What Coaches and Basketball Players Can Learn from the 2013 NBA Finals
Well, the 2013 NBA Finals are over and as most of us expected, King James and his Heat are again world champions. Back-to-back, and still the LeBron haters are scrutinizing him for how he played. But you have to give LeBron credit, because he’s learned to take the criticism in stride and just play his game. And that is what you can take away as a basketball player. LeBron knows no matter what he does, no matter how many championships he wins there will always be critics out there who say he’s not in Michael or Kobe’s league. They’ll keep saying he lacks the killer instinct to take over a game when he needs to, that he’d rather pass than shoot.
Here is a pretty good comparison of Michael Jordan and Lebron James by Numbers Don’t Lie:
Whether that’s true or not it is debatable, and only LeBron knows the answer to those questions. What you can learn from watching LeBron is that he’s able to bounce back from a so-called bad game, which according to his critics is when he only scores 20 points. However, look at what he does in addition to those 20 points. He usually has 10-12 rebounds and almost that many assists. What I notice about LeBron is he’s willing to take over a game if he needs to, but he also wants to get his teammates involved during the game. Nobody will ever accuse LeBron of being a ball hog like they do Kobe, and in that aspect he can’t seem to win. If he took all the shots, he’d be criticized just as he is when he dishes out the assists. He’s part MJ, part Kobe, part Magic and all that together equals one LeBron.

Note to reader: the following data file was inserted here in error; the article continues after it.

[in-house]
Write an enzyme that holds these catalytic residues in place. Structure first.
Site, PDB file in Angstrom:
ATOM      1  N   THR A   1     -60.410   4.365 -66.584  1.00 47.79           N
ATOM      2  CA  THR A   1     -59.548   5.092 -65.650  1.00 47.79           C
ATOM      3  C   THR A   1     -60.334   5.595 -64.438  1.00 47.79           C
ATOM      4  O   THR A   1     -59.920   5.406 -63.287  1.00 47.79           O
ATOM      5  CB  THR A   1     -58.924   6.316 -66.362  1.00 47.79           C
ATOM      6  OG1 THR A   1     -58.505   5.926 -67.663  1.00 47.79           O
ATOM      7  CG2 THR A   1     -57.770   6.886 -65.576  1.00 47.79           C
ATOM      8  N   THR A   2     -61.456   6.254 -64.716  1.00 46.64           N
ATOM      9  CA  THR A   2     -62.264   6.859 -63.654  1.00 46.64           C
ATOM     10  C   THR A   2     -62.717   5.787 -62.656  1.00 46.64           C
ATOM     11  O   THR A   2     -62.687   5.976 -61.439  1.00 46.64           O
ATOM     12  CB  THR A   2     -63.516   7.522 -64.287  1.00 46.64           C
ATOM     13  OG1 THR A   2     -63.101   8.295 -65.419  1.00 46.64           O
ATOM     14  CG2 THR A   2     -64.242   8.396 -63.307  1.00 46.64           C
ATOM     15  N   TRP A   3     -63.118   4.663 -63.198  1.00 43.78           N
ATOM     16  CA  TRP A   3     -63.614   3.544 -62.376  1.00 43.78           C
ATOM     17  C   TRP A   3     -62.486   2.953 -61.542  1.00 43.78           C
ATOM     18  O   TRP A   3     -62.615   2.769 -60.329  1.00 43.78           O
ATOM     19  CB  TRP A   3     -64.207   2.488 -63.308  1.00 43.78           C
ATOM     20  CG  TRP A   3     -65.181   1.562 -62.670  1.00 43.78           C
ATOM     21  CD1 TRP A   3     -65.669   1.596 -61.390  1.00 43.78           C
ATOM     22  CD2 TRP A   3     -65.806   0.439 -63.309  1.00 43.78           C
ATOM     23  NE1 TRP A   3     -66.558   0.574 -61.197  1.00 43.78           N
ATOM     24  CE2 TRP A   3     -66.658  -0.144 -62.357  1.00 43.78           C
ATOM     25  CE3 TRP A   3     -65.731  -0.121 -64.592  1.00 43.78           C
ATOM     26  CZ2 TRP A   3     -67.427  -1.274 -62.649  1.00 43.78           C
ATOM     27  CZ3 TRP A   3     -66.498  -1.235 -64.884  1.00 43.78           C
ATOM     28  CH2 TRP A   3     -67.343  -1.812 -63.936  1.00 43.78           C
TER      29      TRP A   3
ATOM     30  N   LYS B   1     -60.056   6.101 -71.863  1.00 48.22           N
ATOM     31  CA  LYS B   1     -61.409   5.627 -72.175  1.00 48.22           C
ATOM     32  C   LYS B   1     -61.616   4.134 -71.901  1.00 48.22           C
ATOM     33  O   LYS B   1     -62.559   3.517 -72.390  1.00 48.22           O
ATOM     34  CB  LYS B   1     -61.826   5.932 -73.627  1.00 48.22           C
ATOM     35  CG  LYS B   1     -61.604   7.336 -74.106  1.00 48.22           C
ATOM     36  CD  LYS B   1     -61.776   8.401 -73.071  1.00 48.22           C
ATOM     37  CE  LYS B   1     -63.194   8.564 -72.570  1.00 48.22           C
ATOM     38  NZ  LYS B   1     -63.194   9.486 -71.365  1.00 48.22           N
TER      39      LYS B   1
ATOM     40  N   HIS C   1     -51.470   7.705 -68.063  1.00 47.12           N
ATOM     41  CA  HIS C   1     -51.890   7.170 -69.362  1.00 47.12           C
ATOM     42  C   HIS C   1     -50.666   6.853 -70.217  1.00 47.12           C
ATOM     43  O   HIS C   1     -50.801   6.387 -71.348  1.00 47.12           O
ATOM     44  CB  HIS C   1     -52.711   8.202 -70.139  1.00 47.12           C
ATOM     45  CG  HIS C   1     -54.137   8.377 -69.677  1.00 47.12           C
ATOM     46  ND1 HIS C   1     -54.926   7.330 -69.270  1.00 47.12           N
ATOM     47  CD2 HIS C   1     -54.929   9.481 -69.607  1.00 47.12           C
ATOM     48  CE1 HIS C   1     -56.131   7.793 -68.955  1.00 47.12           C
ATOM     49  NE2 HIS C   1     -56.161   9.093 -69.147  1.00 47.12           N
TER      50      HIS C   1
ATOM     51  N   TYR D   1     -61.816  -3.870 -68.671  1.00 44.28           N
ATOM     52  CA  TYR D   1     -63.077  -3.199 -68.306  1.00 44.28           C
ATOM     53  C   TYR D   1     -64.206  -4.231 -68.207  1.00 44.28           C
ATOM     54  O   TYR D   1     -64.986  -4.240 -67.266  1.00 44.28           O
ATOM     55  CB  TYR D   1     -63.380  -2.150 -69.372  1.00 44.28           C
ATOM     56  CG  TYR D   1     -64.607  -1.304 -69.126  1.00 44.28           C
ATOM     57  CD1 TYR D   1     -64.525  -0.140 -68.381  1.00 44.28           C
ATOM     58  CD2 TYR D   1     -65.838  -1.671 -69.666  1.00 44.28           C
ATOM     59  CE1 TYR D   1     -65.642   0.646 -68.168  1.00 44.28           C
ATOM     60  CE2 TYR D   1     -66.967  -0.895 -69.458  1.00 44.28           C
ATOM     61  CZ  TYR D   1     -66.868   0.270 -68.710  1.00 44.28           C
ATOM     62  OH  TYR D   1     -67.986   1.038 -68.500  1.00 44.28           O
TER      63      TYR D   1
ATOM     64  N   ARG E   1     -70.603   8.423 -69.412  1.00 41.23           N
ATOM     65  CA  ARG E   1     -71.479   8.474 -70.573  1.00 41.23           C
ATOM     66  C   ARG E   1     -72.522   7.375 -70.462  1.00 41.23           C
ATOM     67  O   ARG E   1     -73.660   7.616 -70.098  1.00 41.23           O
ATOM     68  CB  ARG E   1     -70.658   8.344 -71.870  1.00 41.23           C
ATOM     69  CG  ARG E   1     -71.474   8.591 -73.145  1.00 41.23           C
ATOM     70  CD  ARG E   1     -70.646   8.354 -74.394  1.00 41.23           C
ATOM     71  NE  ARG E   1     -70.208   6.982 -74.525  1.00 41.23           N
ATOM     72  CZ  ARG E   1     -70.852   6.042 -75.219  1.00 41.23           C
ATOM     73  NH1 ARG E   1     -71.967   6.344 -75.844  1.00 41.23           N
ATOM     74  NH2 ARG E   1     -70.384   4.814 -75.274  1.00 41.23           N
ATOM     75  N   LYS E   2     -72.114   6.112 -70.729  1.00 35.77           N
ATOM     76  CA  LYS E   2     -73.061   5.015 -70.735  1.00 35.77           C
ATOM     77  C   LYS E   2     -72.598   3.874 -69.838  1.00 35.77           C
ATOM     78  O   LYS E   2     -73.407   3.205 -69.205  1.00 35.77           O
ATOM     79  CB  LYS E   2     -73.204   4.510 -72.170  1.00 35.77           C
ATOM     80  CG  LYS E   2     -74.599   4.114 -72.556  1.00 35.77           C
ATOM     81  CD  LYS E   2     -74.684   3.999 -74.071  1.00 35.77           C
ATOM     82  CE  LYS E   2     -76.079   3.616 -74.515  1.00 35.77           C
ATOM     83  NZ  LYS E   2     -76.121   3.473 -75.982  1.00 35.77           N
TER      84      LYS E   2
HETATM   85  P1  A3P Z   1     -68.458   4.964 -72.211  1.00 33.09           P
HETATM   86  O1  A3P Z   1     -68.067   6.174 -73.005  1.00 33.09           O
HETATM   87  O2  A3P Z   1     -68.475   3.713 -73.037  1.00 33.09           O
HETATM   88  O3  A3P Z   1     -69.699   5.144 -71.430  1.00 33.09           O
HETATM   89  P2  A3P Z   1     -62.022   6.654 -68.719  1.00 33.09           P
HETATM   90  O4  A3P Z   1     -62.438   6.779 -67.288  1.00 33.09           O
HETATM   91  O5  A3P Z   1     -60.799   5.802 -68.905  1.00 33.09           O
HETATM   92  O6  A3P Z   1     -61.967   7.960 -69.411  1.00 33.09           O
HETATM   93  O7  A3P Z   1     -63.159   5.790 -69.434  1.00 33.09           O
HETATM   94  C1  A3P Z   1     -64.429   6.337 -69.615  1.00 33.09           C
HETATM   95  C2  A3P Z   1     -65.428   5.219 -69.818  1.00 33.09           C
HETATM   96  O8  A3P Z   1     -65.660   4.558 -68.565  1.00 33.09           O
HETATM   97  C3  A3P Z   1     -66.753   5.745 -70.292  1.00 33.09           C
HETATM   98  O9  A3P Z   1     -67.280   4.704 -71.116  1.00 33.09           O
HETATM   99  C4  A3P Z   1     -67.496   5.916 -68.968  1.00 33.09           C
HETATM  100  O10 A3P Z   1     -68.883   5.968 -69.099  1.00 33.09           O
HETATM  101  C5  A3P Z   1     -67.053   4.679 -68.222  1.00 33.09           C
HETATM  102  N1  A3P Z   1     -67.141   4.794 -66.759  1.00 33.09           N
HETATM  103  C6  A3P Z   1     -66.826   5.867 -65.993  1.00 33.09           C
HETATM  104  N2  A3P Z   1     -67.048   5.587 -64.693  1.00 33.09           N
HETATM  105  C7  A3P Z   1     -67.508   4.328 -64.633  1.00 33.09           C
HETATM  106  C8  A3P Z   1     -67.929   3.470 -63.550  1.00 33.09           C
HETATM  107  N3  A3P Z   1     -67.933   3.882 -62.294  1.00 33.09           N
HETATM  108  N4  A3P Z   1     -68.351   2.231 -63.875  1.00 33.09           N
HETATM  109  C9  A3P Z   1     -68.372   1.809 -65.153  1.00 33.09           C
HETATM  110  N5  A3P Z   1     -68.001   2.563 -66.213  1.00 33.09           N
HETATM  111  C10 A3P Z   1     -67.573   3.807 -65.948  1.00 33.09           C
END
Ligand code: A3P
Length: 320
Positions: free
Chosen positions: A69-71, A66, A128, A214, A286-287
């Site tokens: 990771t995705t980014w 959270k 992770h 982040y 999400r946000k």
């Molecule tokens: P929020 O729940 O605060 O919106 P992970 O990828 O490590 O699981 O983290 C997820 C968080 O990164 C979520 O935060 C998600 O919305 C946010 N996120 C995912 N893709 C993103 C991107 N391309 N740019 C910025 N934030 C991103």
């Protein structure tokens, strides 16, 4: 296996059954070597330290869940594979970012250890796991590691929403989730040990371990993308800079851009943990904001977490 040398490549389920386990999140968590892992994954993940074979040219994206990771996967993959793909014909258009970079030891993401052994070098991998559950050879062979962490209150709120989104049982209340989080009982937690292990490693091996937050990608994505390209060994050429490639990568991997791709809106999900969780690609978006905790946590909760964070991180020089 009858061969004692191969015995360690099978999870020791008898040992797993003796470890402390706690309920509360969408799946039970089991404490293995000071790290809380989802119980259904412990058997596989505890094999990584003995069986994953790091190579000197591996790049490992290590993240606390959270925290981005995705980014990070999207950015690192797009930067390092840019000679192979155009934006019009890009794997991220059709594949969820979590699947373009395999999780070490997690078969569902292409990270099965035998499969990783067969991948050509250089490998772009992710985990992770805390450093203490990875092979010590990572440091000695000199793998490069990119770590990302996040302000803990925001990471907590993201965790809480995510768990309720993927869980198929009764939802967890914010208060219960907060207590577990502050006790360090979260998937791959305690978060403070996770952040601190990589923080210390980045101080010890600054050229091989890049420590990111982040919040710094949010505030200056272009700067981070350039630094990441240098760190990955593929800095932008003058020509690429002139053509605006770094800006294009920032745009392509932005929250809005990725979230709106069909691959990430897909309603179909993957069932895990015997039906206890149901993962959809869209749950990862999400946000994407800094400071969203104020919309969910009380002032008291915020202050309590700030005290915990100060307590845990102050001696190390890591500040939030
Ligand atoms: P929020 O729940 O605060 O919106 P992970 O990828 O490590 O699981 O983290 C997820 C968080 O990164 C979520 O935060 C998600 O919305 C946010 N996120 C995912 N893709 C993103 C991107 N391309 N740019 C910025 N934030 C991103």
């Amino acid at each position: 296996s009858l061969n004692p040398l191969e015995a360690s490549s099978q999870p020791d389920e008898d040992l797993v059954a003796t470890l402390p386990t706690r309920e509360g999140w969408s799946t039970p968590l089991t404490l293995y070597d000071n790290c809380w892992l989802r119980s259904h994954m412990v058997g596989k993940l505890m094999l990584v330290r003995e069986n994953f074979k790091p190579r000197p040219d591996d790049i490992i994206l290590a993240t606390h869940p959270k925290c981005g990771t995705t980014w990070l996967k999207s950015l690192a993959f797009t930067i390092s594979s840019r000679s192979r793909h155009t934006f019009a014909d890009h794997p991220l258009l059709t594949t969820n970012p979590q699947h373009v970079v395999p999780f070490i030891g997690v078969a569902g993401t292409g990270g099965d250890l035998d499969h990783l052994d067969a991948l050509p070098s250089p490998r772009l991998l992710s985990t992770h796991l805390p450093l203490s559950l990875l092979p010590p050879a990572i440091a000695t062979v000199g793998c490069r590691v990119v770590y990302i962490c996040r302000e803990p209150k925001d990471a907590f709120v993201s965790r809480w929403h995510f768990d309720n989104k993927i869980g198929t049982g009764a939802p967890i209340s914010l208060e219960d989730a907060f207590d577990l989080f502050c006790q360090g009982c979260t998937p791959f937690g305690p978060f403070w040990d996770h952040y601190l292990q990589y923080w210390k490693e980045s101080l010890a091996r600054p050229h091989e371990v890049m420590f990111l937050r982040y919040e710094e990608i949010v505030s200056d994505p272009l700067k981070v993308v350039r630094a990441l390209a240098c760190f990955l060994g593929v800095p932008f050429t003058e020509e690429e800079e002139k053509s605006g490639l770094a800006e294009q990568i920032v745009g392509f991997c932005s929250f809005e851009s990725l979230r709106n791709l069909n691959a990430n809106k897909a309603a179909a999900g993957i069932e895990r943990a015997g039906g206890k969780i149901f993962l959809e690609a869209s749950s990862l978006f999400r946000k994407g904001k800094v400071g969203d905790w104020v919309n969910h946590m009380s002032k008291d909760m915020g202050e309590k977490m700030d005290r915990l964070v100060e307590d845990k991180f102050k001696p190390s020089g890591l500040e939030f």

As for the coaching during the series, Miami’s Spoelstra and the Spurs “Pops” Popovich both showed how not to panic and keep their teams in the game. After the Heat were blown out in Game 3, Spoelstra could have panicked and changed his approach to the series, but instead he had faith in his team and stayed the course, earning himself a second consecutive championship. “Pops” is the consummate coach, never getting too high or too low. To watch him you’d never know if the Spurs won or loss, but he definitely has the inner fire to win the big game. As coaches, these guys are two of the best. Spoelstra is being molded into the Pat Riley style of coaching by the master himself, while “Pops” is his own man and shows every coach how to tune out the critics and coach his own game, win or lose. Both coaches know the series could have gone either way if not for a shot here and there, and a rematch between the two is very possible next year. Both coaches know their players and what makes them tick, from the superstars down to the last guy on the bench. If you want to know how to develop a game plan and stick with it, these two guys are writing the book on it for all coaches.
What I learned from this year’s NBA finals was that you have to be resilient. As a basketball player you have to be resilient when working out and becoming the best player that you can be. You have to be resilient when it comes to focusing on your grades so that you can become the best student-athlete that you can be. It isn’t all about playing sports because you may not make it to the NBA or overseas after all of your hard work. That’s just the reality, but you still have to become the best person to become accomplished and successful in whatever you do. Like Lebron James said in his pre-game speech of the NBA Finals’ Game 7, “hard-work pays off”.
2013 NBA Finals: Miami Heat versus San Antonio Spurs by Lamar Hull